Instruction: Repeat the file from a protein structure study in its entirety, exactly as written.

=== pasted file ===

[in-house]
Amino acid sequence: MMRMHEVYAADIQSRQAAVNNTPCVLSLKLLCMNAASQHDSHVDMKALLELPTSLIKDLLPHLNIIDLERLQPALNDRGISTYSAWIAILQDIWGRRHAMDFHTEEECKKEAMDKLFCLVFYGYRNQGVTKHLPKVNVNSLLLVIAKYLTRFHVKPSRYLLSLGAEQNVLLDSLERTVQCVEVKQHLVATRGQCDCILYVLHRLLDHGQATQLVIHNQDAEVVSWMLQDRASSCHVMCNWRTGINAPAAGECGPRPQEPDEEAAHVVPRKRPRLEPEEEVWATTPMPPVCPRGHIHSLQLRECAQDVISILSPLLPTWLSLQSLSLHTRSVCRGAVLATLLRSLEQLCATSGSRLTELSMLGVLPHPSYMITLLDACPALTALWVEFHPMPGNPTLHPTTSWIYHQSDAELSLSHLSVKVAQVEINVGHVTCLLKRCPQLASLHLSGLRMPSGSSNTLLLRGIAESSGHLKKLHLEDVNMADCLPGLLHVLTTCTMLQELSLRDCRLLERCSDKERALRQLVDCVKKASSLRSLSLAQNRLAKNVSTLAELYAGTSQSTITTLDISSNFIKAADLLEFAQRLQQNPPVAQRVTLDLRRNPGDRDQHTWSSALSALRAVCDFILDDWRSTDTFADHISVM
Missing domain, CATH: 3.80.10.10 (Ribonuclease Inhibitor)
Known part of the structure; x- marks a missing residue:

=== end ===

[in-house]
Amino acid sequence: MMRMHEVYAADIQSRQAAVNNTPCVLSLKLLCMNAASQHDSHVDMKALLELPTSLIKDLLPHLNIIDLERLQPALNDRGISTYSAWIAILQDIWGRRHAMDFHTEEECKKEAMDKLFCLVFYGYRNQGVTKHLPKVNVNSLLLVIAKYLTRFHVKPSRYLLSLGAEQNVLLDSLERTVQCVEVKQHLVATRGQCDCILYVLHRLLDHGQATQLVIHNQDAEVVSWMLQDRASSCHVMCNWRTGINAPAAGECGPRPQEPDEEAAHVVPRKRPRLEPEEEVWATTPMPPVCPRGHIHSLQLRECAQDVISILSPLLPTWLSLQSLSLHTRSVCRGAVLATLLRSLEQLCATSGSRLTELSMLGVLPHPSYMITLLDACPALTALWVEFHPMPGNPTLHPTTSWIYHQSDAELSLSHLSVKVAQVEINVGHVTCLLKRCPQLASLHLSGLRMPSGSSNTLLLRGIAESSGHLKKLHLEDVNMADCLPGLLHVLTTCTMLQELSLRDCRLLERCSDKERALRQLVDCVKKASSLRSLSLAQNRLAKNVSTLAELYAGTSQSTITTLDISSNFIKAADLLEFAQRLQQNPPVAQRVTLDLRRNPGDRDQHTWSSALSALRAVCDFILDDWRSTDTFADHISVM
Missing domain, CATH: 3.80.10.10 (Ribonuclease Inhibitor)
Known part of the structure; x- marks a missing residue: